Many communications systems use differential, low level (400mV – 1V peak-to-peak), analog baseband signals, where the baseband circuitry operates from with a single low voltage power supply (5V to 3V). Any differential amplifier circuit used for baseband signal conditioning must have very low noise, and an output voltage swing that includes most of the power supply range for maximum signal dynamic range. The LT1567, a low noise operational amplifier (1.4nV/√Hz voltage noise density) and a unity-gain inverter, is an excellent analog building block (see Figure 1) for designing low noise differential circuits. The typical gain bandwidth of the LT1567 amplifier is 180MHz and op amp slew rate is sufficient for signal frequencies up to 5MHz. The LT1567 operates from 2.7V to 12V total power supply. The output voltage swing is guaranteed to be 4.4V and 2.6V peak-to-peak, at 1k load with a single 5V and 3V power supply respectively. The LT1567 is available in a tiny MS8 surface mount package.
A Single-Ended To Differential Amplifier
Figure 2 shows a circuit for generating a differential signal from a single-ended input. The differential output noise is a function of the noise of the amplifiers, the noise of resistors R1 and R2 and the noise bandwidth. For example, if R1 and R2 are each 200Ω, the differential voltage noise density is 9.5nV/√Hz and in a 4MHz noise bandwidth the total differential noise is 19µVRMS (with a low level 0.2VRMS differential signal, the signal-to-noise ratio is an excellent 80.4dB). The voltage on Pin 5 (VREF) provides flexible DC bias for the circuit and can be set by a voltage divider or a reference voltage source (with a single 3V power supply, the VREF range is 0.9V ≤ VREF ≤ 1.9V). In a single supply circuit, if the input signal is DC coupled, then an input DC voltage (VINDC) is required to bias the input within the circuit’s linear region. If VINDC is within the VREF range, then VREF can be equal to VINDC and the output DC common mode voltage (VOUTCM) at VO1 and VO2 is equal to VREF. To maximize the unclipped LT1567 output swing however, the DC common mode output voltage must be set at V+/2. In addition, the input signal can be AC coupled to the circuit’s input resistor R1 and VREF set to the DC common mode voltage required by any following circuitry (for example the input of an I and Q modulator).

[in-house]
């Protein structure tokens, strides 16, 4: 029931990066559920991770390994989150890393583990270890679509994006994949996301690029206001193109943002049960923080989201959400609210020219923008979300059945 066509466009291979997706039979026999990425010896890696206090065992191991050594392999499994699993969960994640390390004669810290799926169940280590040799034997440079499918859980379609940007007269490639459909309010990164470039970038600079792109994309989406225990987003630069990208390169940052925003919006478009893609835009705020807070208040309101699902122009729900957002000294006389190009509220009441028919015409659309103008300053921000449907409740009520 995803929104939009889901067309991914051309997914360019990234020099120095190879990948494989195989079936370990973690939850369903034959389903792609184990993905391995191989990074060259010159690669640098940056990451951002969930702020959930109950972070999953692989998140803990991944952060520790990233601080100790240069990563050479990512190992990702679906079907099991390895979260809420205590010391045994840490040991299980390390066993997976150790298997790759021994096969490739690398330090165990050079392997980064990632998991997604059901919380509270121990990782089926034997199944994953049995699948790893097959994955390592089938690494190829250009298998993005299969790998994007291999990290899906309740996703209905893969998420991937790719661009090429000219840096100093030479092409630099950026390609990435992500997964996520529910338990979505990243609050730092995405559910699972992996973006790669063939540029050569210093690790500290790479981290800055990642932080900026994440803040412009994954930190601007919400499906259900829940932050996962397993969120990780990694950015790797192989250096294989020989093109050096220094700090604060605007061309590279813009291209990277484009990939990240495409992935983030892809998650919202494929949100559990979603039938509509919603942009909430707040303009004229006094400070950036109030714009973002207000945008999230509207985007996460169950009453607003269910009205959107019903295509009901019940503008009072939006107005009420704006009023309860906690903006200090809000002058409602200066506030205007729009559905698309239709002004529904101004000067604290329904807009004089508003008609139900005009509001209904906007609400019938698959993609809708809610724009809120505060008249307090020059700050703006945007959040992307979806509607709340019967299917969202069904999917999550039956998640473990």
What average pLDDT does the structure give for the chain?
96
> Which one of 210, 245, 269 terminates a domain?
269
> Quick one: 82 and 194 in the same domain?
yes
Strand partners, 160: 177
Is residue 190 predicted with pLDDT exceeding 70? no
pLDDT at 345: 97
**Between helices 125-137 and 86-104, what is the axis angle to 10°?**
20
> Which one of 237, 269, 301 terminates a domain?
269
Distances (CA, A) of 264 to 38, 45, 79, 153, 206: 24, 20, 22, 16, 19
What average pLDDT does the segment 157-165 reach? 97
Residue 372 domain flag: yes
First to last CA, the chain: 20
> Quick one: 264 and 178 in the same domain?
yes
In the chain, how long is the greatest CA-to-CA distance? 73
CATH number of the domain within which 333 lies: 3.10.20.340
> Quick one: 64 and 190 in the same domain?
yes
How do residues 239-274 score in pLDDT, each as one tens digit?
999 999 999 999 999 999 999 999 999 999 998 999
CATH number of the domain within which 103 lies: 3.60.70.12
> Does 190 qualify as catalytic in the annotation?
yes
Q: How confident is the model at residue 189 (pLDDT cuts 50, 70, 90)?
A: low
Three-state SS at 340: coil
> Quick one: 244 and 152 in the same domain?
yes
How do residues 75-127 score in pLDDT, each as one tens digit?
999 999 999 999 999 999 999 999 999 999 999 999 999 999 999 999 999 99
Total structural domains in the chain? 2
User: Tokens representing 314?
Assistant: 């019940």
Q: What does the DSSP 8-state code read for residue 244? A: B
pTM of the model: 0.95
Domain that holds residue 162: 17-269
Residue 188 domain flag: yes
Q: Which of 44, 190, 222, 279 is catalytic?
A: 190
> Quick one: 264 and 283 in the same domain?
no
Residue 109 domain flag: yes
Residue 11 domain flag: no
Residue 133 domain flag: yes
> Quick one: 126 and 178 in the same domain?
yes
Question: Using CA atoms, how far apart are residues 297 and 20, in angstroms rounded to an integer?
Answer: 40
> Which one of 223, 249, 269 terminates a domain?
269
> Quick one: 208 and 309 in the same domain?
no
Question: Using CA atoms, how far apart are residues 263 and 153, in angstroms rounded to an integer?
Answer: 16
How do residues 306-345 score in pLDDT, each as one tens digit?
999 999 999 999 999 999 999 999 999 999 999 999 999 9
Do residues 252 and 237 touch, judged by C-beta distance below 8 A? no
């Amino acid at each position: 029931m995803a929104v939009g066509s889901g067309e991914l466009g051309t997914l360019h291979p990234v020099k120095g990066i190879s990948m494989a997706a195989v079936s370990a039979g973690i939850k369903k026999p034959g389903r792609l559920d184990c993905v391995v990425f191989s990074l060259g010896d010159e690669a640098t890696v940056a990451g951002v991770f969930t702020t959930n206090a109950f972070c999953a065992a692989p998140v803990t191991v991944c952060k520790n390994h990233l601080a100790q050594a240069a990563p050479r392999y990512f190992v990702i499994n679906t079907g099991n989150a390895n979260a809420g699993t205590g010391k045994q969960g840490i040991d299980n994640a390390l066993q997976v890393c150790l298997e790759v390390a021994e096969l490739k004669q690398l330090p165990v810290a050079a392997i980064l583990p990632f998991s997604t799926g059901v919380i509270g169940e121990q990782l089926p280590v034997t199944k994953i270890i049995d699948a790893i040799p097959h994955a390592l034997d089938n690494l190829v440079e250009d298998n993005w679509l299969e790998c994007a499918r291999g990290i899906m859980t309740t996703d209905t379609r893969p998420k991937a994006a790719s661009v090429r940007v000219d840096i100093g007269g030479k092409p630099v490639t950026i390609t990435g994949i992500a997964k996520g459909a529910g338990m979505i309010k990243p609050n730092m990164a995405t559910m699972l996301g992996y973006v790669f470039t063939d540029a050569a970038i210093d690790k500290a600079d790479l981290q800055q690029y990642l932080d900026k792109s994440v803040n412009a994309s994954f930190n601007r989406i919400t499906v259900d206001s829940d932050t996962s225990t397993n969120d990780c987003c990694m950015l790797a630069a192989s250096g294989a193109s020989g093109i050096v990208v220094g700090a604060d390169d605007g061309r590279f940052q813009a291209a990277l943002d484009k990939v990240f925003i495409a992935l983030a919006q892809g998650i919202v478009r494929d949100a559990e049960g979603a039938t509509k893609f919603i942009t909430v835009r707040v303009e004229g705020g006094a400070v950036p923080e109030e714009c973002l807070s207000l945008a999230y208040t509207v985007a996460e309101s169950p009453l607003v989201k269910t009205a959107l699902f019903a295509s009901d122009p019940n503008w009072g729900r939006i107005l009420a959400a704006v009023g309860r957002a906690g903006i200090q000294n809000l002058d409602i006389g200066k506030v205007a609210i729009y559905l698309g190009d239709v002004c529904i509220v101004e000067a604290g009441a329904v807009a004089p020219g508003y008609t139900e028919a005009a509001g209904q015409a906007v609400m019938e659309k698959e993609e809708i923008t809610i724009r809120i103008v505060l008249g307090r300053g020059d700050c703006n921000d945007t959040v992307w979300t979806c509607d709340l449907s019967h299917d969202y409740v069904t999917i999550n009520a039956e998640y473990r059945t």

A Differential Buffer/Driver
Figure 3 shows an LT1567 connected as a differential buffer. The differential output voltage noise density is 7.7nV/√Hz. The differential buffer circuit of Figure 3, translates the input common mode DC voltage (VINCM) to an output common mode DC voltage (VOUTCM) set by the VREF voltage (VOUTCM = 2 • VREF – VINCM). For example, in a single 5V power supply circuit, if VINCM is 0.5V and VREF is 1.5V then VOUTCM is 2.5V.
A Differential to Single-Ended Amplifier
Figure 4 shows a circuit for converting a differential input to a single-ended output. For a gain equal to one (R1 = R2 = 604Ω and VOUT = V2 – V1) the input referred differential voltage noise density is 9nV/√Hz and differential input signal-to-noise ratio is 80.9dB with 0.1VRMS input signal in a 4MHz noise bandwidth. The input AC common mode rejection depends on the matching of resistors R1 and R3 and the LT1567 inverter gain tolerance (common mode rejection is at least 40dB up to 1MHz with one percent resistors and two percent inverter typical gain tolerance). If the differential input is DC coupled, then VREF must be set equal to input common mode voltage (VINCM) (if VREF is greater than VinCM then a peak voltage on Pin 7 may exceed the output voltage swing limit). The DC voltage at the amplifier’s output (VOUT, Pin 1) is VREF.
With one LT1567 and two or three resistors, it is easy to design low noise, differential circuits for signals up to 5MHz. The LT1567 can also be used to make of low noise second and third order lowpass filters and second order bandpass filters with differential outputs. See www.analog.com for a spreadsheet-based design tool for just this purpose.